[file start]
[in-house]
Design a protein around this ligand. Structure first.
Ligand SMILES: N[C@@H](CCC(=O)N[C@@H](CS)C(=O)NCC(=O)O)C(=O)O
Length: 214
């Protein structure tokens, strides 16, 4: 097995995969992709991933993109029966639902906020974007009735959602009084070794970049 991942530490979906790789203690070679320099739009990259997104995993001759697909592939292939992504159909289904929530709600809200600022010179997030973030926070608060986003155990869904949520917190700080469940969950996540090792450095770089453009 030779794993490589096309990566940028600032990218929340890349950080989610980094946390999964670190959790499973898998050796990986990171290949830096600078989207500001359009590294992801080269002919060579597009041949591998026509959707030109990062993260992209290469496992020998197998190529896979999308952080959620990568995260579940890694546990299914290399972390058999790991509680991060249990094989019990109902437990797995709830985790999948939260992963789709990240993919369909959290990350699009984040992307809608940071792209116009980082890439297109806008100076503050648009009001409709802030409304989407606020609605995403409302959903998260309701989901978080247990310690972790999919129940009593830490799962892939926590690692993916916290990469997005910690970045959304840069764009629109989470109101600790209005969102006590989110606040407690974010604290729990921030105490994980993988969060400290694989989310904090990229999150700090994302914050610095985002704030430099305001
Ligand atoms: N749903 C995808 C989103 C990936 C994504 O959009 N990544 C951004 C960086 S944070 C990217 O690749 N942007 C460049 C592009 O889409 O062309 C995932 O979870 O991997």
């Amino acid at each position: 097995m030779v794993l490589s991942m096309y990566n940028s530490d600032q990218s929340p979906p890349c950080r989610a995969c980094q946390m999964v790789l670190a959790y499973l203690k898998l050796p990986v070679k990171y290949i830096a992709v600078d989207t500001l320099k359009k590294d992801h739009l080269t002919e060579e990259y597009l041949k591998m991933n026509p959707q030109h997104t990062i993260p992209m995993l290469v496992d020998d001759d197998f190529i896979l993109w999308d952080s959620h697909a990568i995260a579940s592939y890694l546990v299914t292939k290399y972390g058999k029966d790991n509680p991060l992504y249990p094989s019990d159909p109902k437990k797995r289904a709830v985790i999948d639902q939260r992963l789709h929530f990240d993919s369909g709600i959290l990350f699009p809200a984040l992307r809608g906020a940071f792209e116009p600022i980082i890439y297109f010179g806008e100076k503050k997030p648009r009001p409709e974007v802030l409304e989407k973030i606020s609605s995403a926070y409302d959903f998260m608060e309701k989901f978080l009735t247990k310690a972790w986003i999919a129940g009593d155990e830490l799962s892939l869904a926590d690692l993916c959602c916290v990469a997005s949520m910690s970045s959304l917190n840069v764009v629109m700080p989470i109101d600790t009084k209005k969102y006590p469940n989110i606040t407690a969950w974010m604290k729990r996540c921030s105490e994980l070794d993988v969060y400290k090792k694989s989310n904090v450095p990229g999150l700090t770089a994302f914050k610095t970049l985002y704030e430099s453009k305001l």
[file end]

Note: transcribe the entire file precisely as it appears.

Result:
[in-house]
Design a protein around this ligand. Structure first.
Ligand SMILES: N[C@@H](CCC(=O)N[C@@H](CS)C(=O)NCC(=O)O)C(=O)O
Length: 214
């Protein structure tokens, strides 16, 4: 097995995969992709991933993109029966639902906020974007009735959602009084070794970049 991942530490979906790789203690070679320099739009990259997104995993001759697909592939292939992504159909289904929530709600809200600022010179997030973030926070608060986003155990869904949520917190700080469940969950996540090792450095770089453009 030779794993490589096309990566940028600032990218929340890349950080989610980094946390999964670190959790499973898998050796990986990171290949830096600078989207500001359009590294992801080269002919060579597009041949591998026509959707030109990062993260992209290469496992020998197998190529896979999308952080959620990568995260579940890694546990299914290399972390058999790991509680991060249990094989019990109902437990797995709830985790999948939260992963789709990240993919369909959290990350699009984040992307809608940071792209116009980082890439297109806008100076503050648009009001409709802030409304989407606020609605995403409302959903998260309701989901978080247990310690972790999919129940009593830490799962892939926590690692993916916290990469997005910690970045959304840069764009629109989470109101600790209005969102006590989110606040407690974010604290729990921030105490994980993988969060400290694989989310904090990229999150700090994302914050610095985002704030430099305001
Ligand atoms: N749903 C995808 C989103 C990936 C994504 O959009 N990544 C951004 C960086 S944070 C990217 O690749 N942007 C460049 C592009 O889409 O062309 C995932 O979870 O991997």
């Amino acid at each position: 097995m030779v794993l490589s991942m096309y990566n940028s530490d600032q990218s929340p979906p890349c950080r989610a995969c980094q946390m999964v790789l670190a959790y499973l203690k898998l050796p990986v070679k990171y290949i830096a992709v600078d989207t500001l320099k359009k590294d992801h739009l080269t002919e060579e990259y597009l041949k591998m991933n026509p959707q030109h997104t990062i993260p992209m995993l290469v496992d020998d001759d197998f190529i896979l993109w999308d952080s959620h697909a990568i995260a579940s592939y890694l546990v299914t292939k290399y972390g058999k029966d790991n509680p991060l992504y249990p094989s019990d159909p109902k437990k797995r289904a709830v985790i999948d639902q939260r992963l789709h929530f990240d993919s369909g709600i959290l990350f699009p809200a984040l992307r809608g906020a940071f792209e116009p600022i980082i890439y297109f010179g806008e100076k503050k997030p648009r009001p409709e974007v802030l409304e989407k973030i606020s609605s995403a926070y409302d959903f998260m608060e309701k989901f978080l009735t247990k310690a972790w986003i999919a129940g009593d155990e830490l799962s892939l869904a926590d690692l993916c959602c916290v990469a997005s949520m910690s970045s959304l917190n840069v764009v629109m700080p989470i109101d600790t009084k209005k969102y006590p469940n989110i606040t407690a969950w974010m604290k729990r996540c921030s105490e994980l070794d993988v969060y400290k090792k694989s989310n904090v450095p990229g999150l700090t770089a994302f914050k610095t970049l985002y704030e430099s453009k305001l």